Pre-work is Required
The bad news in all of this discussion about choosing an appropriate search method is that it requires pre-work. It requires knowing something about the data set – what type of data is it? Is it mostly email, documents, calendar data, database entries, numbers, medical test data, etc. It also requires knowing a little bit about what you want from the data. Do you want exculpatory data, do you want to illustrate a pattern of behavior (i.e. discrimination), or do you want to show the context of a bad email? The possibilities are endless. Choosing an appropriate search method also requires knowing the good, the bad and the ugly about the available search methods. It also requires the ability to match an appropriate search method to your data needs.
All of this pre-work can be time consuming and it costs money up front. I believe it is cost-effective in the long run, but it requires clients to spend money sooner than they have in the past. In the past litigation spends looked like a typical logarithmic J curve. The current spend pattern trend is morphing into two hills (like two bell curves next to each other) as shown below. The net result of the two hills should be that the overall spend is less than the one mountain.
Search is NOT One Size Fits All
Search of information in not one size fits all. Search is an inexact science that requires iteration, knowledge about how search works, and knowledge about the data. Search methods are not one size fits all – they aren’t even one size fits most. They are highly specific to the data set and the desired search results. Unfortunately our industry seems to want perfect search results (whether it is a search process or search method). The industry behaves as if one size fits all – I see law firms buying a search solution license and then applying it to all clients’ data no matter what is in the data or what the desired results are. This kind of reckless application of search can only end up yielding ineffective search results and costing more money.
Neither approach is workable – with the expectation of perfect search, you will find that perfect results are impossible to achieve and “near perfect” results will be very, very (read prohibitively) expensive to achieve. With the one size fits all approach (using one search method on every data type) your search results will be wholly unsatisfying and expensive to sort through. Choosing an appropriate search method for the current data set and the desired data subset can be much more cost effective in the long run and can certainly be cost effective for repeat litigation.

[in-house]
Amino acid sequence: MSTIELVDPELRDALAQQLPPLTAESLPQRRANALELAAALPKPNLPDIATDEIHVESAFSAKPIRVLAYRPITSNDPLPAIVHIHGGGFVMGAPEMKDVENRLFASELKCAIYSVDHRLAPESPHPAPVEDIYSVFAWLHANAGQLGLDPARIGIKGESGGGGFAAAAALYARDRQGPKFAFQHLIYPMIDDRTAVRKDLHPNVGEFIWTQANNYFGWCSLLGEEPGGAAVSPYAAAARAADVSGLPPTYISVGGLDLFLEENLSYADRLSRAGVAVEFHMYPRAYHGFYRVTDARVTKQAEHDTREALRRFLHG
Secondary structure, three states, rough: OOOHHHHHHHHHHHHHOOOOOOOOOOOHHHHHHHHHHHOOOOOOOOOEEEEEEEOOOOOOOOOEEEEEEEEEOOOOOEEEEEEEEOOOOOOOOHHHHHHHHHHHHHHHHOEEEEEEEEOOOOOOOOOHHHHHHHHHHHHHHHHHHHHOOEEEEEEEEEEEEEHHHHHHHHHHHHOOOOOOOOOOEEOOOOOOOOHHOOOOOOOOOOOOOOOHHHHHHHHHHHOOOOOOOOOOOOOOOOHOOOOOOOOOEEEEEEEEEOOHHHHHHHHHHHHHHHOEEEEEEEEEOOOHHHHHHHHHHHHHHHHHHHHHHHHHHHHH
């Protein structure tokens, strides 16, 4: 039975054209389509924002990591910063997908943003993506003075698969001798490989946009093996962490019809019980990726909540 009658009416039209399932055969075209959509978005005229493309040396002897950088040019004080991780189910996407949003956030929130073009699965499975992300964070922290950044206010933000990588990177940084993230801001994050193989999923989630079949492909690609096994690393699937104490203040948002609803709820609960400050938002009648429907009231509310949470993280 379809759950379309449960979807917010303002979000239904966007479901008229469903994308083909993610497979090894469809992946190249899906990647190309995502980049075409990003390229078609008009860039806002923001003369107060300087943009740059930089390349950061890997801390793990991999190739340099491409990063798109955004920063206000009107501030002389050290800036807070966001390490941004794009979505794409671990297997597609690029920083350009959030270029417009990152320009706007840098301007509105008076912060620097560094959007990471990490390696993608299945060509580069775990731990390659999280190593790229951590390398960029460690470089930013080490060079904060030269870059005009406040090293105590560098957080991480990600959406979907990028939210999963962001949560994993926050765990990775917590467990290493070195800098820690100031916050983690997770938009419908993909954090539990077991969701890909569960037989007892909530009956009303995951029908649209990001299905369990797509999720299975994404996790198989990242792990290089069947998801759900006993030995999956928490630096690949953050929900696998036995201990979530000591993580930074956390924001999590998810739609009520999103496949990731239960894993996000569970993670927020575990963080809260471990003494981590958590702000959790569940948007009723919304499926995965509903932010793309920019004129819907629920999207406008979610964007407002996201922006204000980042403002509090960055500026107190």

None of this is about building standards into the eDiscovery process – it is all about the validation of the chosen search method as it relates to the data set and what is desired from the data set. Validating a search method would mean determining that the search method (or combination of search methods) is appropriate for the data set AND for the desired results. If the chosen search method were validated as appropriate, would other standards still be needed?
Fundamentally, finding and using the appropriate solution depends on what you are looking for. The appropriate search solution is different for different types and sizes of data sets and it mainly depends on what you want to find in the data set. That is the biggest factor dictating how you will go about finding it and choosing an appropriate search method.
Basically, “successful search” comes down to quality control of the search process and its implementation, which is what Jason will be discussing in the DESI workshop in June. More importantly, “successful search” comes down to the validation of the chosen search method itself, which I am suggesting should be central to any discussion about eDiscovery search process quality standards or certification programs.